When a manipulator sets their sights on you they’ll put you and your behaviour in the spotlight. However, try to shift the focus back to them with a series of probing questions that shine a light on their behaviour. As a result of which you will have room to breathe and your manipulator need to reconsider their strategy. Asking questions like “Does that seem reasonable to you?” or “Do I get any say in this decision?” will force them to evaluate their behaviour and make it clear they can’t get away with what they are demanding.

7. Enforce Consequences for Manipulative Behaviour

Manipulators are used to getting their way. They achieve this by shifting blame and responsibility onto others. You can undermine a manipulator and protect yourself and your coworkers by enforcing consequences for manipulative behaviour. Consequences don’t have to be confrontational. Gently calling out a manipulator can initiate a reset in the office environment.

8. Make A Record Of Their Behaviour

Often, just by standing up to a manipulator, you’ll neutralize their strategies for control. Ultimately this forces them to cooperate or to move on. However, unfortunately, there are times when manipulators push their abusive tactics despite resistance. If you’re put in this position, it’s vital that you speak with your supervisor about taking further action against this bad actor in the workplace.

To facilitate this, it’s helpful to start making a record of their behaviour so that you have supporting documents in the case of a disciplinary process. The earlier you start recording a manipulator’s actions, the stronger a case you’ll have should you ever need to rely on these accounts.

9. Introduce Distance

Being manipulated can be incredibly claustrophobic. Working closely with a manipulator can impact our ability to see clearly the mechanisms through which they’re controlling our behaviour, and often obscures the fact that their behaviour is unacceptable. If you suspect you’re being manipulated at work, try to find some distance from the bad influence. So, you could request to work on other projects or take some time off to travel, finding a new headspace for reflection.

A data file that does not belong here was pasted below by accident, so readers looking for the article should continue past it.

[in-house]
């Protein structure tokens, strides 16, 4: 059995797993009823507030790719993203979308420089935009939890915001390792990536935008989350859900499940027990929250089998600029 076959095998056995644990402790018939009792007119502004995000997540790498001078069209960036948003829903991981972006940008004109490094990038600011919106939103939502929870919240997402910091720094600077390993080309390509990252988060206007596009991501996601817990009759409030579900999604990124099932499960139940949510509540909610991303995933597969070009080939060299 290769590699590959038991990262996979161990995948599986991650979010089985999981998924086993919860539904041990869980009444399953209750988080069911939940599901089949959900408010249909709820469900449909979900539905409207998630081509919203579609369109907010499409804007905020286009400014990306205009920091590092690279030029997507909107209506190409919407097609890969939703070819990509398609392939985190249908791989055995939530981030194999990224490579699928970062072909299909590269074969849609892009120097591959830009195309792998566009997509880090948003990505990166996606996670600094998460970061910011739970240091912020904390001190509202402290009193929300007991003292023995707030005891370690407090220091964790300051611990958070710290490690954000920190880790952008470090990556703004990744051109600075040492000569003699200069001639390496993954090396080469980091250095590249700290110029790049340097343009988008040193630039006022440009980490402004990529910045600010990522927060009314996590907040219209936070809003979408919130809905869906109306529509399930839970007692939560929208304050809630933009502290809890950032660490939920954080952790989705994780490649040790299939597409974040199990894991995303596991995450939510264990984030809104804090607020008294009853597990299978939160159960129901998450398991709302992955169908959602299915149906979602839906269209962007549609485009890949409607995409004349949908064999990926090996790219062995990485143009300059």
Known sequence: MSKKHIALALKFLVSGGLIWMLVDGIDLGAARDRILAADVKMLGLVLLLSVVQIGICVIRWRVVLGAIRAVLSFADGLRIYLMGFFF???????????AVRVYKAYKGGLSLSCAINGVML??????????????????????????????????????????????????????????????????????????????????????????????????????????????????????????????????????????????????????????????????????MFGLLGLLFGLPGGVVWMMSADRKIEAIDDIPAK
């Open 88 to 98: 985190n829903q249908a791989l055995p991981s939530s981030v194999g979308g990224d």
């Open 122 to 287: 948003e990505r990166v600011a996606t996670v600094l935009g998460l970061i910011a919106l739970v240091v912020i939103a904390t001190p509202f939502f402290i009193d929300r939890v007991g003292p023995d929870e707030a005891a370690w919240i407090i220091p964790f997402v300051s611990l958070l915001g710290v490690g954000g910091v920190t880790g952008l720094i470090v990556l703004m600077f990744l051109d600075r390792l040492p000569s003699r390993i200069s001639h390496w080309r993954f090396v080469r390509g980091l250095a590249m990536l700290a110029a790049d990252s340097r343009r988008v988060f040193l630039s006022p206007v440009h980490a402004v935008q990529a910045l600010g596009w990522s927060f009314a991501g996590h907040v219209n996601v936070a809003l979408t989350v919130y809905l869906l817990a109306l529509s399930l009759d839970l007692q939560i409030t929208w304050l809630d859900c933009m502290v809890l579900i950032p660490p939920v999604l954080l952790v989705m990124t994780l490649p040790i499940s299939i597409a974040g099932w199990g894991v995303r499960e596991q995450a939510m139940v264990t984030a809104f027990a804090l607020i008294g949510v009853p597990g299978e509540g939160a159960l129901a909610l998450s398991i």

10. Speaking From Experience…

Remember, manipulators don’t just operate within traditional office hierarchies – your peer or even subordinate can leverage manipulative behaviour at work. When I first became aware of this habit it was through the actions of a colleague. Someone with whom I was frequently collaborating and who had no direct authority over me. Despite this position of supposed equality, this individual was effective at leveraging a cycle of support and blame in order to shirk their responsibilities in the workplace. Once I started standing up to this manipulator, however, they quickly backed down – never forget that manipulators don’t hold any real power over you, and that through powerful choices you can regain control of your experiences at work.

11. Stand Strong

Manipulators often seem like effective workers at first, but their influence turns out to be toxic in a workplace as a culture of blame sets in. You may discover a manipulative boss, shifting blame for their own failures down the hierarchy, but it’s equally possible to be manipulated by coworkers or even subordinates. Therefore, look for the warning signs, stand firm in your interactions and keep a record of their problematic behaviour for future reference.  Stand strong and you’ll protect yourself and your colleagues from manipulators. Your career and your wellbeing might be at stake.

Lauren Groff

Lauren Groff is a tutor and writer at PaperFellows. When she’s not writing she finds inspiration through travel, connecting with new cultures and discovering new ways to see the world.